The Glass House Boys of Pittsburgh

Law, Technology, and Child Labor

In this superb monograph, James Flannery deepens our understanding of efforts to regulate and eliminate child labor in the early twentieth century. Focusing on western Pennsylvania glass houses, the author shows how both manufacturers and glass blowers conspired to find ways around child labor laws and compulsory school attendance. Unlike earlier studies, The Glass House Boys of Pittsburgh is a work of legal history. It deepens and complicates our understanding of the whole anti-child labor movement and of industrial responses. It is a vital addition to the literature on progressive reform efforts.
Joseph M. Hawes, University of Memphis

At the end of the nineteenth century, Pittsburgh was leading the nation in glass production, and glass bottle plants in particular relied heavily on adolescent (and younger) males for their manufacturing process. These “glass house boys” worked both day and night, as plants ran around the clock to meet production demands and remain price competitive with their newly-automated rivals. Boys performed menial tasks, received low wages, and had little to say on their own behalf.

By the turn of the century, most states had enacted laws banning children from working at night, and coupled with compulsory education requirements, had greatly reduced the use of children in industry. In western Pennsylvania, however, child labor was deeply entrenched, and Pennsylvania lawmakers lagged far behind the rest of the nation. In The Glass House Boys of Pittsburgh, James L. Flannery presents an original and compelling examination of legislative clashes over the singular issue of the glass house boys. He reveals the many societal, economic, and political factors at work that allowed for the perpetuation of child labor in this industry and region.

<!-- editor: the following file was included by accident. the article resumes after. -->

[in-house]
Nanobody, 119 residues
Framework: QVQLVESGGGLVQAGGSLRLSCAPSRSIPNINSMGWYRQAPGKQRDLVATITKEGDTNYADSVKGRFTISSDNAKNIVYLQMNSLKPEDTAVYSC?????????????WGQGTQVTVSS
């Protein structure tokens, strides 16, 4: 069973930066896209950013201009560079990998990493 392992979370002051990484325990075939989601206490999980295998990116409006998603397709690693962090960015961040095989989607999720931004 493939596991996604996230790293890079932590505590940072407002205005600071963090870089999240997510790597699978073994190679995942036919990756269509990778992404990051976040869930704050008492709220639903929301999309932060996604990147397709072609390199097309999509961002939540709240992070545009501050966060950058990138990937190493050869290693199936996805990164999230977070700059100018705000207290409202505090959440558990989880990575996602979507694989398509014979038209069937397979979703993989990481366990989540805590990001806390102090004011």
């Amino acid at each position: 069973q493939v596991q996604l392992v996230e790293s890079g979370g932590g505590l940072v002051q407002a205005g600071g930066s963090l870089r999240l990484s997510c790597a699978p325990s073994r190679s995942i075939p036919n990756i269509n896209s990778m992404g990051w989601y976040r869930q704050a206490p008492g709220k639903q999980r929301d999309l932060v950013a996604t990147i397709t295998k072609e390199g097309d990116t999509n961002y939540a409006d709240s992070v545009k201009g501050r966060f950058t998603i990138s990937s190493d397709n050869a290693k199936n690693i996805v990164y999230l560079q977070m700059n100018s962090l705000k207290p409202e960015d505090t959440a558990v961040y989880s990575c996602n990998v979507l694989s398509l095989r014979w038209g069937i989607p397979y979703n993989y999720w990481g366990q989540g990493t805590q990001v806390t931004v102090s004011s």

Through extensive research in Pennsylvania state legislature archives, National Child Labor Committee reports, and union and industry journals, Flannery uncovers a complex web of collusion between union representatives, industrialists, and legislators that kept child labor reform at bay. Despite national pressure, a concerted effort by reformers, and changes to education laws, the slow defeat of the “glass house exception” in 1915 came about primarily because of technological advances in the glass bottle industry that limited the need for child labor.

about the author

James L. Flannery

James L. Flannery is associate professor of legal writing at the University of Pittsburgh School of Law. He is an editor of Pittsburgh Tax Review.

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James L. Flannery